CLEVELAND — Editor's note: the video in the player above is from a previous story.
After embarking on a mission to improve its medical care, the Cuyahoga County Corrections Center has earned the highest standard in the field, receiving accreditation from the National Commission on Correctional Health Care (NCCHC).
"This elite accreditation – one that only a small percentage of jails and prisons obtain – comes from an independent organization that is the national leader in correctional health care. They are experts in the fields of health care and corrections who conduct a third-party objective assessment of facilities throughout the country. This recognition is a direct result of the hard work and concerted commitment that the county, MetroHealth, and other partners have made over the last several years to improve operations, procedures, staffing, and services in the both the jail and accompanying criminal justice programs,” Cuyahoga County Executive Armond Budish said in a statement. “Significant time, money, and resources have been devoted to these improvement efforts – all of which have dramatically enhanced health care options for these members of our community.”
Added MetroHealth President and CEO Akram Boutros, MD: “This is a huge accomplishment by our care team and our organization. We have worked collaboratively with Cuyahoga County leadership to dramatically improve outcomes for some of the most vulnerable members of our community by providing excellent, compassionate, and respectful care.”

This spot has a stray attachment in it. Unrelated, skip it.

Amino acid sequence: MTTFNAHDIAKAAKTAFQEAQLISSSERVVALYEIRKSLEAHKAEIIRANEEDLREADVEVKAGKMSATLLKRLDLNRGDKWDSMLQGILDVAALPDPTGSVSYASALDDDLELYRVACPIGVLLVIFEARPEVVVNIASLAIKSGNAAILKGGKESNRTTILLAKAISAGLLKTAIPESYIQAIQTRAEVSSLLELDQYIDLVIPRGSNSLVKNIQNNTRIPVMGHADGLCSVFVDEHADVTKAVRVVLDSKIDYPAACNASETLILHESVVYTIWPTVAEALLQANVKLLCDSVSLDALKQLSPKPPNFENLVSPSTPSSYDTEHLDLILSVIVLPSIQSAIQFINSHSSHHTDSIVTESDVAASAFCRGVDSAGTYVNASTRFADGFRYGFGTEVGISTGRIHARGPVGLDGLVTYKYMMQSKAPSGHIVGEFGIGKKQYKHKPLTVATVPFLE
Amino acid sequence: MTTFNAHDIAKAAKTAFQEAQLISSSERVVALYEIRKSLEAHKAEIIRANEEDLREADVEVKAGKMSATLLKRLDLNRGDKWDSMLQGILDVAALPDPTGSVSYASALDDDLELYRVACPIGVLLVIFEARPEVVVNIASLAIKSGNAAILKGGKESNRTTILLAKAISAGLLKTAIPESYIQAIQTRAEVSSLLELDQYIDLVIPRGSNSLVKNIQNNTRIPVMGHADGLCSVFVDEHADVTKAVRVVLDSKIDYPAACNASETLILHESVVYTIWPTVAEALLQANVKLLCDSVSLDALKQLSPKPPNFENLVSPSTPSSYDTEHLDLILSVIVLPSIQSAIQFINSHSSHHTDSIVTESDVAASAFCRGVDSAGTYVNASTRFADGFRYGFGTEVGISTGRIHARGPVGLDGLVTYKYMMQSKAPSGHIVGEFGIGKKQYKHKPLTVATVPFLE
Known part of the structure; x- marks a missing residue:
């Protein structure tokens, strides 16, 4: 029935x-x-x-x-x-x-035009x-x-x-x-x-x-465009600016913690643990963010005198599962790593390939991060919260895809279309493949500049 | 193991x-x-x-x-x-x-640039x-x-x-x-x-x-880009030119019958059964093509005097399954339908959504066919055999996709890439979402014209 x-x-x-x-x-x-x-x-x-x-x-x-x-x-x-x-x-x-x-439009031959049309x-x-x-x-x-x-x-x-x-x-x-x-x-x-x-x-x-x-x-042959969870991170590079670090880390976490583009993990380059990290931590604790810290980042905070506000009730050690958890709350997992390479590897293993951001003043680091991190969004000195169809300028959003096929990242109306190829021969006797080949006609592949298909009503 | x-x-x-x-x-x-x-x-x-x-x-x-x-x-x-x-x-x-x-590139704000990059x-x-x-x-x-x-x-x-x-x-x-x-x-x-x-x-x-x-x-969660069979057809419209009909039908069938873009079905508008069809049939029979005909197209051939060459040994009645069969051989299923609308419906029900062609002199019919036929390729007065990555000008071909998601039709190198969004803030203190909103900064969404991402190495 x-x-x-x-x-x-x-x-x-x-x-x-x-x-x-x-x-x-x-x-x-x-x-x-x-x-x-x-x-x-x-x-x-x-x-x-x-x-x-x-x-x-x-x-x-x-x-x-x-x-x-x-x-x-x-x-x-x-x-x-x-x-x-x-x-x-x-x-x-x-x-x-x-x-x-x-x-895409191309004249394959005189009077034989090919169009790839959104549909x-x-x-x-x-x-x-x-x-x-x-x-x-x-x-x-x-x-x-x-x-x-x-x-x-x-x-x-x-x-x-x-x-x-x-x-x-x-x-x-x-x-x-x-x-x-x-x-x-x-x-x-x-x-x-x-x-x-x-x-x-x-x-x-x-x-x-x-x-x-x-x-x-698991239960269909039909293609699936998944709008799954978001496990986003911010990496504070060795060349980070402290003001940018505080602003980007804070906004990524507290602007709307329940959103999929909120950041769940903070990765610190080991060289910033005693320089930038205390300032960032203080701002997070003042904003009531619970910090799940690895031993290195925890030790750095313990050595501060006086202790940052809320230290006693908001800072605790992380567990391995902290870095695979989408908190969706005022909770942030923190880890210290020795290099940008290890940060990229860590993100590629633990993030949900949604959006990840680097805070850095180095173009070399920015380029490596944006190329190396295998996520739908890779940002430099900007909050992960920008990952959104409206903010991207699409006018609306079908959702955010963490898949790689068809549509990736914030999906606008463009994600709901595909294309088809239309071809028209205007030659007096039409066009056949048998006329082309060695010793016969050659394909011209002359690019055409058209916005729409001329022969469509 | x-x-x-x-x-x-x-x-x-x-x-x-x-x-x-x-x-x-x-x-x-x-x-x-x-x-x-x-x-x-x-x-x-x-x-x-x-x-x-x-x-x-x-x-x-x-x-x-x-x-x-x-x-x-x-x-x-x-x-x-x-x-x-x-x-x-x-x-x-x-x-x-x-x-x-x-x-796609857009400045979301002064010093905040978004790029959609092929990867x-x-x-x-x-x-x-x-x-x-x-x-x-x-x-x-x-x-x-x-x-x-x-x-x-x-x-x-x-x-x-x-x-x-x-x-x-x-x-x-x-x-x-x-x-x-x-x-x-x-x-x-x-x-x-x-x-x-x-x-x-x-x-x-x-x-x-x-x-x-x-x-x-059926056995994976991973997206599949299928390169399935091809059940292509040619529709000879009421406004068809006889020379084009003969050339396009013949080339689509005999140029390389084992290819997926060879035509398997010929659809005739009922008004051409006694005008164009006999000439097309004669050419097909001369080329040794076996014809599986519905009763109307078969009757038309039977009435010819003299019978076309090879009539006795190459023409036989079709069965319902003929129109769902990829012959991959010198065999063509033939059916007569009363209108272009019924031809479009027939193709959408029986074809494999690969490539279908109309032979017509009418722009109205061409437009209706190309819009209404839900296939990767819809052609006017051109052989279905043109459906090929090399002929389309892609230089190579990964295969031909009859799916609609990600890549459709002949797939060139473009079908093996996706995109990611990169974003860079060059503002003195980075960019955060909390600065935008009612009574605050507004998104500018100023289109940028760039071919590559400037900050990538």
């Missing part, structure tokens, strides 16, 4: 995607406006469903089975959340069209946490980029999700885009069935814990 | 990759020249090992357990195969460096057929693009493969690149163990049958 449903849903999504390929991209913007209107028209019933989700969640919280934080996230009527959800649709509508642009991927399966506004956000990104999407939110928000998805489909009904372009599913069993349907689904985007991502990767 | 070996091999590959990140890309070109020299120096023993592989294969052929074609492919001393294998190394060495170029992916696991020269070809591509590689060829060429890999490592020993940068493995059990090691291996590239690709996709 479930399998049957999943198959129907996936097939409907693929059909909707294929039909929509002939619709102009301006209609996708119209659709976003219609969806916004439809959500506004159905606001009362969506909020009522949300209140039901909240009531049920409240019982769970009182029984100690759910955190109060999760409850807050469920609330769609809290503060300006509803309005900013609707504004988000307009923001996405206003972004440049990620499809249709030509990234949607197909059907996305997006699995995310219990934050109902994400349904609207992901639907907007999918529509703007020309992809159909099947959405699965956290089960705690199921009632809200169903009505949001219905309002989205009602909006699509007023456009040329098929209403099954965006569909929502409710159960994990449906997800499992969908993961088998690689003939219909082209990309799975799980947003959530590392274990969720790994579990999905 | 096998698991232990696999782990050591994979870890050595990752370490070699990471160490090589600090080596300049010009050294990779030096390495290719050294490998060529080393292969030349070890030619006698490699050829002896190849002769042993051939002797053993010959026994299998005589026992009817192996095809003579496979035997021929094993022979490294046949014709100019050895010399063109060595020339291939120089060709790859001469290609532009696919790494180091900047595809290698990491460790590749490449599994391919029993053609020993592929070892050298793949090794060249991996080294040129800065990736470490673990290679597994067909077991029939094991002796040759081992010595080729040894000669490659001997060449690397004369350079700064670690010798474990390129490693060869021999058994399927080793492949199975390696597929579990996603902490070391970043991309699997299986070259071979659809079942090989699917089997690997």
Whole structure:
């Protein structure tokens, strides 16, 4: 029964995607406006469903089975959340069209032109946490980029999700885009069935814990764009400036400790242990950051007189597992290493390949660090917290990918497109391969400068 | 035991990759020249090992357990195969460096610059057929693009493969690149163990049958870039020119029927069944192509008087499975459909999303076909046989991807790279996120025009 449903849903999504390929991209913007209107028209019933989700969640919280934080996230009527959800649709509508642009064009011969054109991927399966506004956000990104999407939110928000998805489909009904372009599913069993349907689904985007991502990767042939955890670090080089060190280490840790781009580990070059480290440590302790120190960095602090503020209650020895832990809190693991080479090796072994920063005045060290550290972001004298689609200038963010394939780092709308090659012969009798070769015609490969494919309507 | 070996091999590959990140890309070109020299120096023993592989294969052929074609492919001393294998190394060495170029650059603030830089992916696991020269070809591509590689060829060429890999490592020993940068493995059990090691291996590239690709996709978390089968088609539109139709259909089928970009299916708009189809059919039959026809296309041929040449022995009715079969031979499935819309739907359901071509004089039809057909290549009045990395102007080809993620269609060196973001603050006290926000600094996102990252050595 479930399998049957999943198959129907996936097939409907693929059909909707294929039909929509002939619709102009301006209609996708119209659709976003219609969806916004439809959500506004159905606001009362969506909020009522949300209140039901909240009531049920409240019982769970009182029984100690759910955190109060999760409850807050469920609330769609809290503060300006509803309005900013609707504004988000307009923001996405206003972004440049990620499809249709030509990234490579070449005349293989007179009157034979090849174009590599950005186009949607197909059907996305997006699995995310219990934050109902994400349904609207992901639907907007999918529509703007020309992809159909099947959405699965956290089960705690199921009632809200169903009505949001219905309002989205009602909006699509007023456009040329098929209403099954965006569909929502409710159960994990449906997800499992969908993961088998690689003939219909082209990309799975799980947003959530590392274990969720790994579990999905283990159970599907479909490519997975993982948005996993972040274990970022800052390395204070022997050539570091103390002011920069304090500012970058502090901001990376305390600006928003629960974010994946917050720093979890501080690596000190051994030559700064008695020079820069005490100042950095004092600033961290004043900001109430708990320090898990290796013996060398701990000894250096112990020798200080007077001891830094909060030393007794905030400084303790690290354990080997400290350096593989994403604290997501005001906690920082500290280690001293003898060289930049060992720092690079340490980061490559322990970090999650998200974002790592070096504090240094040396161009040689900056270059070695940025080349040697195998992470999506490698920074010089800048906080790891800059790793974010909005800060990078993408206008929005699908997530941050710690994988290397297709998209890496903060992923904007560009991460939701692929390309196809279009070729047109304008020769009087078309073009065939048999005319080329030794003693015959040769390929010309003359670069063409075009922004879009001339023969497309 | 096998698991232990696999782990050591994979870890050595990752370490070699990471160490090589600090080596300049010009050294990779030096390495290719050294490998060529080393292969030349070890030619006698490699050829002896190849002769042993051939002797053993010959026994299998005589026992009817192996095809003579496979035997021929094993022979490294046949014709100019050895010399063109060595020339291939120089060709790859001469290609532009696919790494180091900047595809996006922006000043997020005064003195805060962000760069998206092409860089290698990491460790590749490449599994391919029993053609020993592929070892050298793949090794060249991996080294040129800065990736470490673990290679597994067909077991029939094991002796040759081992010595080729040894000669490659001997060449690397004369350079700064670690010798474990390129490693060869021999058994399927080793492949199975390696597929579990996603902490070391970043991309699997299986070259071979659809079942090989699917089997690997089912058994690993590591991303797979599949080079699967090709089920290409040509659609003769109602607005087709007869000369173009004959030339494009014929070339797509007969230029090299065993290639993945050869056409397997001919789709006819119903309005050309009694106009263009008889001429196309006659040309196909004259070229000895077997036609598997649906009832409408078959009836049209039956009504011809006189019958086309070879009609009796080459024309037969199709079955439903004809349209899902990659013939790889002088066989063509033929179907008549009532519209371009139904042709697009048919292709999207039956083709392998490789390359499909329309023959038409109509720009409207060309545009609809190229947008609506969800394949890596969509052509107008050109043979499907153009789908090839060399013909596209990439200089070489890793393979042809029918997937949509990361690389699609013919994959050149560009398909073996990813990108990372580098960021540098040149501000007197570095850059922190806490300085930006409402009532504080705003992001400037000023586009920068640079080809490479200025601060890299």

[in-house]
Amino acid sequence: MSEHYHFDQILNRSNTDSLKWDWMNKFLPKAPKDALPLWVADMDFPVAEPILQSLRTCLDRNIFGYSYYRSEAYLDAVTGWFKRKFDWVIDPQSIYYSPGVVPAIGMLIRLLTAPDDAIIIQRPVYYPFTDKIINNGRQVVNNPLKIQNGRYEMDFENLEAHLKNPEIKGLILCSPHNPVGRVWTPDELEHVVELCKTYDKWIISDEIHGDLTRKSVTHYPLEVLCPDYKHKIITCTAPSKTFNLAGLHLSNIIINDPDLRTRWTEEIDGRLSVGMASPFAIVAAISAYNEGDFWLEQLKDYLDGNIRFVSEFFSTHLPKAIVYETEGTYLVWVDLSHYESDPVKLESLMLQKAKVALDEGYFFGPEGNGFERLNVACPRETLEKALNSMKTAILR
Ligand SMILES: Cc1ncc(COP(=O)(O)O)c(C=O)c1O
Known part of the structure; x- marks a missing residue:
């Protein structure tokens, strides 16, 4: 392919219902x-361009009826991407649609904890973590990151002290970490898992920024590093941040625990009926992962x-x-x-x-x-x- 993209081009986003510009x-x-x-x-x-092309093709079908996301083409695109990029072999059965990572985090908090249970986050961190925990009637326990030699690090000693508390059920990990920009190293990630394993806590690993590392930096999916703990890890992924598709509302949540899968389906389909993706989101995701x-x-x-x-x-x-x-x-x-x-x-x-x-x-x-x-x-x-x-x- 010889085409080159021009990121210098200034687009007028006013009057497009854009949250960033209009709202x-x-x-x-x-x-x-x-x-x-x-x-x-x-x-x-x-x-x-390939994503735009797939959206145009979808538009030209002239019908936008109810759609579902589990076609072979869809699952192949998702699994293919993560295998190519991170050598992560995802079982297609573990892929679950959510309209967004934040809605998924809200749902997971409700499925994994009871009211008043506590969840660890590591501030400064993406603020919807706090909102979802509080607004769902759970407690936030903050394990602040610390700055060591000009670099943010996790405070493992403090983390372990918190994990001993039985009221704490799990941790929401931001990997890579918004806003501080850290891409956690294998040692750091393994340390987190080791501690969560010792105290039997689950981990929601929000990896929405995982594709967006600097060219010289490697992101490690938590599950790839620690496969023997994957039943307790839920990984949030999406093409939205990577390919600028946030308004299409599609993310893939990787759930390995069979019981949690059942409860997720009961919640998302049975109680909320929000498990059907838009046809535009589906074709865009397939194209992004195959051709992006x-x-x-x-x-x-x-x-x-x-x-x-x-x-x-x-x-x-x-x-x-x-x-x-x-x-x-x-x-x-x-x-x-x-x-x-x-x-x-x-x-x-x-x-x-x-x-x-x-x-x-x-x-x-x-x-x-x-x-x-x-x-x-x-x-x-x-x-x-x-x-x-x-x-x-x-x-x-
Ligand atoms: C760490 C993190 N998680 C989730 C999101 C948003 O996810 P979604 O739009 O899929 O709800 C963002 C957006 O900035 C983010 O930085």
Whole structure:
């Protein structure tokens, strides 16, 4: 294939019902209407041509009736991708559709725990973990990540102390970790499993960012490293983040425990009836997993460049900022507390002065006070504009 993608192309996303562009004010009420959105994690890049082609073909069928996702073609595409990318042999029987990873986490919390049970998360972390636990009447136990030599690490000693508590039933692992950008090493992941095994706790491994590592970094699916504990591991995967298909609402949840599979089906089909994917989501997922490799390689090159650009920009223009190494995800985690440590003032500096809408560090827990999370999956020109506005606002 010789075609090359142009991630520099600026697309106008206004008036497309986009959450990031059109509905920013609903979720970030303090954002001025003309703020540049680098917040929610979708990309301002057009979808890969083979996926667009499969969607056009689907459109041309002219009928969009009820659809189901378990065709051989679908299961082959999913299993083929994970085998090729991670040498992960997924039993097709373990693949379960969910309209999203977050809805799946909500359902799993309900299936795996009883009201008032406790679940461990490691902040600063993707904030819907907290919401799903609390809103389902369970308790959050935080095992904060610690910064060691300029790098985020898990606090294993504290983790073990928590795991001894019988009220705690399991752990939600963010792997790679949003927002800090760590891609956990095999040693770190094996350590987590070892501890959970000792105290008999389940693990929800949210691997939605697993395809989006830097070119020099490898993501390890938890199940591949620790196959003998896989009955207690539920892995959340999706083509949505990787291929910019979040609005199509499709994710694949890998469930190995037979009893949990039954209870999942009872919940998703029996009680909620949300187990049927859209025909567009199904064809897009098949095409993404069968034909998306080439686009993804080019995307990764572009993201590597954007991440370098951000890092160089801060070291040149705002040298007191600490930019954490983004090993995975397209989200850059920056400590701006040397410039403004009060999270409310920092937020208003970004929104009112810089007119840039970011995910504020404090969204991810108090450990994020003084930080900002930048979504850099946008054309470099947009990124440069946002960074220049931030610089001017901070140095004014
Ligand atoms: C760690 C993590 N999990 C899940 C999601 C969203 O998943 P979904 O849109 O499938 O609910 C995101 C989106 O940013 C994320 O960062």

In order to receive accreditation, the county had to "demonstrate full compliance in all 38 of the relevant essential standards and at least 17 of the 19 relevant important standards." Those standards include access to care, medical autonomy, monitoring of suicidal ideation and withdrawal, regular administrative meetings and reports, and a continuous quality improvement program, among others.
“This accreditation is a testament to the hard work by our care team working at the jail,” said Julia Bruner, MD, Senior Vice President for Behavioral Health and Correctional Medicine. “Through COVID and other challenges, we worked collaboratively with county leadership, jail staff and others to provide compassionate, quality care for our patients at the jail.”
According to a release, the patient population at the Cuyahoga County Jail "typically has much greater health needs than the broader community," including a higher rate of diabetes, heart disease, hypertension and other diseases, as well as substance use disorder. In 2019, Cuyahoga County and its medical partners at MetroHealth have worked to transform the delivery of care at the jail to meet inmates' medical needs.